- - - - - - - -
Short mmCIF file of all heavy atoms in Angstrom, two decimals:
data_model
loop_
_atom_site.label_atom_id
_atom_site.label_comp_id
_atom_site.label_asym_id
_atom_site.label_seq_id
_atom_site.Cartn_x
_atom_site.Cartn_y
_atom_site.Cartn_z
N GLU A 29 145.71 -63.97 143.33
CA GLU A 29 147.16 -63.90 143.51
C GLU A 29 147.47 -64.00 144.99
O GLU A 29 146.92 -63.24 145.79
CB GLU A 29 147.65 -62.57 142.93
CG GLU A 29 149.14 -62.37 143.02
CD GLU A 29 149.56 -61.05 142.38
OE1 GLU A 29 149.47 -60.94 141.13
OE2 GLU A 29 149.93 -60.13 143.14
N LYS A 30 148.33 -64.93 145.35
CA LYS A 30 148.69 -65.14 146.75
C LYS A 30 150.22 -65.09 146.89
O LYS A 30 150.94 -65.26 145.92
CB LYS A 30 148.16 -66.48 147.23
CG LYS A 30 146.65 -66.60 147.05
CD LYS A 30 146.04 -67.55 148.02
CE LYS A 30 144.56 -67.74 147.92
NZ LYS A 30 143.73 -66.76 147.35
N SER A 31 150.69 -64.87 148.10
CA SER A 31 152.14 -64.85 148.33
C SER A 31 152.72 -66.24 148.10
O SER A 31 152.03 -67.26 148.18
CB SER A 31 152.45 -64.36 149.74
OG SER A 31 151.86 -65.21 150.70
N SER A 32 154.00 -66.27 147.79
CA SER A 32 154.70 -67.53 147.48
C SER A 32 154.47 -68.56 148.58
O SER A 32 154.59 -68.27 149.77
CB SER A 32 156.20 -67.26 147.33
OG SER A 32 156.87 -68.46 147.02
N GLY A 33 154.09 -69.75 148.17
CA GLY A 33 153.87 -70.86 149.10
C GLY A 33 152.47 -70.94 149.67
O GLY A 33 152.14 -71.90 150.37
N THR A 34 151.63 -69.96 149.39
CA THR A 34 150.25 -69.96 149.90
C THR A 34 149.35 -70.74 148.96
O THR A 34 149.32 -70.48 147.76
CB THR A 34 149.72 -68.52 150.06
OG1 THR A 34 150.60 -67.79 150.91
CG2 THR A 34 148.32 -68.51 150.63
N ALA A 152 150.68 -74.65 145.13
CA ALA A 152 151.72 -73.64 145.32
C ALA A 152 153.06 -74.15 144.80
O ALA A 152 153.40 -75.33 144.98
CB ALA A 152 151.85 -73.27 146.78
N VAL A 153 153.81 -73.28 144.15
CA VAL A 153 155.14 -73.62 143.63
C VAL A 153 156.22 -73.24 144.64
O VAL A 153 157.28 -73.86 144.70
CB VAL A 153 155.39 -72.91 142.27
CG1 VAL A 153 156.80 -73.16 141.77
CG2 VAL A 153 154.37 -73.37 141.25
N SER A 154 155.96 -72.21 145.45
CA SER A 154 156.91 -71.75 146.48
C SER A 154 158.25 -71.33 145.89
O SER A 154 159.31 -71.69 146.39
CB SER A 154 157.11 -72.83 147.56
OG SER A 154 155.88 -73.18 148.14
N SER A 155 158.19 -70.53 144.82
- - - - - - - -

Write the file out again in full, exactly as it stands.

Short mmCIF file of all heavy atoms in Angstrom, two decimals:
data_model
loop_
_atom_site.label_atom_id
_atom_site.label_comp_id
_atom_site.label_asym_id
_atom_site.label_seq_id
_atom_site.Cartn_x
_atom_site.Cartn_y
_atom_site.Cartn_z
N GLU A 29 145.71 -63.97 143.33
CA GLU A 29 147.16 -63.90 143.51
C GLU A 29 147.47 -64.00 144.99
O GLU A 29 146.92 -63.24 145.79
CB GLU A 29 147.65 -62.57 142.93
CG GLU A 29 149.14 -62.37 143.02
CD GLU A 29 149.56 -61.05 142.38
OE1 GLU A 29 149.47 -60.94 141.13
OE2 GLU A 29 149.93 -60.13 143.14
N LYS A 30 148.33 -64.93 145.35
CA LYS A 30 148.69 -65.14 146.75
C LYS A 30 150.22 -65.09 146.89
O LYS A 30 150.94 -65.26 145.92
CB LYS A 30 148.16 -66.48 147.23
CG LYS A 30 146.65 -66.60 147.05
CD LYS A 30 146.04 -67.55 148.02
CE LYS A 30 144.56 -67.74 147.92
NZ LYS A 30 143.73 -66.76 147.35
N SER A 31 150.69 -64.87 148.10
CA SER A 31 152.14 -64.85 148.33
C SER A 31 152.72 -66.24 148.10
O SER A 31 152.03 -67.26 148.18
CB SER A 31 152.45 -64.36 149.74
OG SER A 31 151.86 -65.21 150.70
N SER A 32 154.00 -66.27 147.79
CA SER A 32 154.70 -67.53 147.48
C SER A 32 154.47 -68.56 148.58
O SER A 32 154.59 -68.27 149.77
CB SER A 32 156.20 -67.26 147.33
OG SER A 32 156.87 -68.46 147.02
N GLY A 33 154.09 -69.75 148.17
CA GLY A 33 153.87 -70.86 149.10
C GLY A 33 152.47 -70.94 149.67
O GLY A 33 152.14 -71.90 150.37
N THR A 34 151.63 -69.96 149.39
CA THR A 34 150.25 -69.96 149.90
C THR A 34 149.35 -70.74 148.96
O THR A 34 149.32 -70.48 147.76
CB THR A 34 149.72 -68.52 150.06
OG1 THR A 34 150.60 -67.79 150.91
CG2 THR A 34 148.32 -68.51 150.63
N ALA A 152 150.68 -74.65 145.13
CA ALA A 152 151.72 -73.64 145.32
C ALA A 152 153.06 -74.15 144.80
O ALA A 152 153.40 -75.33 144.98
CB ALA A 152 151.85 -73.27 146.78
N VAL A 153 153.81 -73.28 144.15
CA VAL A 153 155.14 -73.62 143.63
C VAL A 153 156.22 -73.24 144.64
O VAL A 153 157.28 -73.86 144.70
CB VAL A 153 155.39 -72.91 142.27
CG1 VAL A 153 156.80 -73.16 141.77
CG2 VAL A 153 154.37 -73.37 141.25
N SER A 154 155.96 -72.21 145.45
CA SER A 154 156.91 -71.75 146.48
C SER A 154 158.25 -71.33 145.89
O SER A 154 159.31 -71.69 146.39
CB SER A 154 157.11 -72.83 147.56
OG SER A 154 155.88 -73.18 148.14
N SER A 155 158.19 -70.53 144.82